Internet on the outstation: the digital divide and remote aboriginal communities

Ellie Rennie, Eleanor Hogan, Robin Gregory, Andrew Crouch, Alyson Wright, Julian Thomas

Research output: Book/ReportBookAcademic

345 Downloads (Pure)

Abstract

Internet on the Outstation provides a new take on the digital divide. Why do whole communities choose to go without the internet when the infrastructure for access is in place? Through an in-depth exploration of the digital practices occurring in Aboriginal households in remote central Australia, the authors address both the dynamics of internet adoption and the benefits that flow from its use. The book challenges us to think beyond the standard explanations for the digital divide, arguing that digital exclusion is not just another symptom of social exclusion. At its heart, Internet on the Outstation is a compelling examination of equality and difference in the digital age, asking: Can internet access help resolve the disadvantages associated with remote living?

Internet on the Outstation is the result of a multi-year research collaboration, which included a trial of internet infrastructure, training and maintenance in three small Aboriginal communities (known as outstations). During the research phase, Ellie Rennie, Eleanor Hogan and Julian Thomas were based at the Swinburne Institute for Social Research in Melbourne. Robin Gregory and Andrew Crouch worked at the Centre for Appropriate Technology, an Indigenous-owned research and training organization in Alice Springs. Alyson Wright worked for the Central Land Council, the representative body for traditional owners of the central Australia region.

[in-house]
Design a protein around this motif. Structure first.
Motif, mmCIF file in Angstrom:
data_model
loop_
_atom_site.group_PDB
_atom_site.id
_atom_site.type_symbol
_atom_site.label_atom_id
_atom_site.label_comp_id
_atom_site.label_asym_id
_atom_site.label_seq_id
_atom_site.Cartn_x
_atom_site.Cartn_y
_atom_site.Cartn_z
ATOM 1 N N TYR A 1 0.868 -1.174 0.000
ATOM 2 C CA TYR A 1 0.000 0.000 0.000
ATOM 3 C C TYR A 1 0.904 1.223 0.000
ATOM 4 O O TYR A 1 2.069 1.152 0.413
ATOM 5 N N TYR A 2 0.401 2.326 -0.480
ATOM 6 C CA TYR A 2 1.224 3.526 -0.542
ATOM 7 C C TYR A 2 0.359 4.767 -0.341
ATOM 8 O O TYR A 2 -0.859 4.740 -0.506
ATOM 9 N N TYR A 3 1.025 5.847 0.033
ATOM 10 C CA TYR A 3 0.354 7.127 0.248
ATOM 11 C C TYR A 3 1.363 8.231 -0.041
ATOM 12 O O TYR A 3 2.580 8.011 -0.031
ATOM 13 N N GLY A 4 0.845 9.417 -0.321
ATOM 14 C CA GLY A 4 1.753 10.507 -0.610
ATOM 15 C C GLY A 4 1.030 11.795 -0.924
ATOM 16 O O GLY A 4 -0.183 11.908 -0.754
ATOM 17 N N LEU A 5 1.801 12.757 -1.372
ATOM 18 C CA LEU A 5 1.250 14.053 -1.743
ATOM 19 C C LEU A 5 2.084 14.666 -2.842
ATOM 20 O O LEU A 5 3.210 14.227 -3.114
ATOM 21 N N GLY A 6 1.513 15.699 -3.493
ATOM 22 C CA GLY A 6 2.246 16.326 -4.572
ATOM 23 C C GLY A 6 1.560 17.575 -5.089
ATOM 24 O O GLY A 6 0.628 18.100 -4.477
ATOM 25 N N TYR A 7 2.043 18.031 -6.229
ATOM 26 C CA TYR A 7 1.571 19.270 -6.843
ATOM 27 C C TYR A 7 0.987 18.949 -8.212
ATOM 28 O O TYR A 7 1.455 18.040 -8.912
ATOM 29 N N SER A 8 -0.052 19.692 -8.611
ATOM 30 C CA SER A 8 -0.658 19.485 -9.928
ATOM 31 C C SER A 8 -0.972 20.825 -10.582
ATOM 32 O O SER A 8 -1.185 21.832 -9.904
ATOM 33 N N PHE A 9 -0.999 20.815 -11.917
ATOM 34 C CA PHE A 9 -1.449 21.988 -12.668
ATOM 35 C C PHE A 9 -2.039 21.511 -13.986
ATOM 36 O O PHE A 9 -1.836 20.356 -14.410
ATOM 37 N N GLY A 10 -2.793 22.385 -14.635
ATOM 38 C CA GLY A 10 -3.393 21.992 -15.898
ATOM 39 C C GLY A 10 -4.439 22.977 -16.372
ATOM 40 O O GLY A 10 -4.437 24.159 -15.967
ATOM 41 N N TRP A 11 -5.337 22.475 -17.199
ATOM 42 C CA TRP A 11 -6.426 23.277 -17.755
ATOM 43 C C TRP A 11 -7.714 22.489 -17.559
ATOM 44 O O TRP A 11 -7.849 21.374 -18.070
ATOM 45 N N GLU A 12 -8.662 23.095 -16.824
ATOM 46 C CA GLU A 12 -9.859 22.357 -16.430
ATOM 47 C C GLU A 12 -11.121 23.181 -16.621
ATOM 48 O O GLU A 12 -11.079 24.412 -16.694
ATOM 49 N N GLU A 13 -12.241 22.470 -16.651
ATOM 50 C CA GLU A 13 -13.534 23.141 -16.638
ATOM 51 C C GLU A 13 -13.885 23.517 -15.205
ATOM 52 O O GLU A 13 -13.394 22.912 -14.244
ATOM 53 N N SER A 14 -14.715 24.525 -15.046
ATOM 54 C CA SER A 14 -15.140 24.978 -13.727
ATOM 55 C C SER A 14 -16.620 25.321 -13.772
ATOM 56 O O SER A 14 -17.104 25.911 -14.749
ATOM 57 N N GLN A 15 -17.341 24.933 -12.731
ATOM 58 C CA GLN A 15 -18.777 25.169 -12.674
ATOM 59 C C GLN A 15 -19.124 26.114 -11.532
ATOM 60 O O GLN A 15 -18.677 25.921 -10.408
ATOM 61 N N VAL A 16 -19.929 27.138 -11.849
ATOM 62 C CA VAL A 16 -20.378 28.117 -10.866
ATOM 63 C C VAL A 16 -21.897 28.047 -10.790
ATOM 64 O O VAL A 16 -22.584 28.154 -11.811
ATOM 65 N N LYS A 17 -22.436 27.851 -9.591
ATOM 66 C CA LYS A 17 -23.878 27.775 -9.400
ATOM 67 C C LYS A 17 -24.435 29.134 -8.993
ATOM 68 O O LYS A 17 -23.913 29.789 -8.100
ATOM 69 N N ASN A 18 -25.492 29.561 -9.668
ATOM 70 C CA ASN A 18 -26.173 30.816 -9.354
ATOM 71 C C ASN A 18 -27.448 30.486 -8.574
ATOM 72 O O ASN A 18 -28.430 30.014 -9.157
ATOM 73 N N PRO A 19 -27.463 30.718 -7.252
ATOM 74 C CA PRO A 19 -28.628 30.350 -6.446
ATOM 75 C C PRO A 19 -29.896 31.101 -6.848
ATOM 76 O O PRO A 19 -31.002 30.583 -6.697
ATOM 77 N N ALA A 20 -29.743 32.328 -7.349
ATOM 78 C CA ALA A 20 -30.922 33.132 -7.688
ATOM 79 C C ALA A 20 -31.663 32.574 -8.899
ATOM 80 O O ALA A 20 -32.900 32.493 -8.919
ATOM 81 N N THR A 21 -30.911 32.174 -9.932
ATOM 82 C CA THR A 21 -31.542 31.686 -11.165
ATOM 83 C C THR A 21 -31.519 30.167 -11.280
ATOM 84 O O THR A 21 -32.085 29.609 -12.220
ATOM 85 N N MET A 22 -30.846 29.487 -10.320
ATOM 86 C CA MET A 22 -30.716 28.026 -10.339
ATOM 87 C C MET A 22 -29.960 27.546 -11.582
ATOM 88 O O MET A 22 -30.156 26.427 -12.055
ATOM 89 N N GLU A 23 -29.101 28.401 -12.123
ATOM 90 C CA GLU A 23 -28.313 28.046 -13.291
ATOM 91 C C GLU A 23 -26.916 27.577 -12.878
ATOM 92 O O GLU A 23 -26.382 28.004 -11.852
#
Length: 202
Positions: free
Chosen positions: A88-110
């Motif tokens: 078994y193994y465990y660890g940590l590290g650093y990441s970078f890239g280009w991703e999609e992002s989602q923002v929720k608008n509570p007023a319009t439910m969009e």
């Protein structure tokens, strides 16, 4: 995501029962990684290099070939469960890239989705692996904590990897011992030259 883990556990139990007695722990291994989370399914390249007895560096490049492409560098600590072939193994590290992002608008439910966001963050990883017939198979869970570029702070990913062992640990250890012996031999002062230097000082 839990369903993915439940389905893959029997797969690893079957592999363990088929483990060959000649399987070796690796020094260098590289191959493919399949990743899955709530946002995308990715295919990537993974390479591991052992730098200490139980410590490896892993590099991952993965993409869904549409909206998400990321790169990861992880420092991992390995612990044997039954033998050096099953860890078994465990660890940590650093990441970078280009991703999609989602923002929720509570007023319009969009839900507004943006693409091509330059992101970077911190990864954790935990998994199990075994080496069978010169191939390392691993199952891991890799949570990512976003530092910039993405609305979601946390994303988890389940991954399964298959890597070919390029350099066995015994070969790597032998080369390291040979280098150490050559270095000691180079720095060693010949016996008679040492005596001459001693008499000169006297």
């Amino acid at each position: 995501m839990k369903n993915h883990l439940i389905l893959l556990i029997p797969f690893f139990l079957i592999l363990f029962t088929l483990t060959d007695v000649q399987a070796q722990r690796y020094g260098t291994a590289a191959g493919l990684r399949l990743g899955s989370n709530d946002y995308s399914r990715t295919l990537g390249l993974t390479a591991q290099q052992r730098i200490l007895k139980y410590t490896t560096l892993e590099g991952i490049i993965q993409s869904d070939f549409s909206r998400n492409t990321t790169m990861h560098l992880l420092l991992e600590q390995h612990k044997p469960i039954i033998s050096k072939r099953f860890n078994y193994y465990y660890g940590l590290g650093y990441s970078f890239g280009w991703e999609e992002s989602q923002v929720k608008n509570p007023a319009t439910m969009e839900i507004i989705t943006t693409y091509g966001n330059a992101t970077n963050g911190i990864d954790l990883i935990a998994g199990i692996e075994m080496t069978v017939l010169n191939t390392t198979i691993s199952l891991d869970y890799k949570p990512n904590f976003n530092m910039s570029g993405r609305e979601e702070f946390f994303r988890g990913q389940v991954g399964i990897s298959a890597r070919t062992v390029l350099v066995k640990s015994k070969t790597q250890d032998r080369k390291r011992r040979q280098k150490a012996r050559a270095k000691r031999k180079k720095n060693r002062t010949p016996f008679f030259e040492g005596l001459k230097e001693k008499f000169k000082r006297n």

Original languageEnglish
Place of PublicationAmsterdam
PublisherInstitute of Network Cultures
Number of pages225
ISBN (Print)9789492302076
Publication statusPublished - 2016

Publication series

NameTheory on Demand
PublisherInstitute of Network Cultures
No.19

Fingerprint Dive into the research topics of 'Internet on the outstation: the digital divide and remote aboriginal communities'. Together they form a unique fingerprint.

Cite this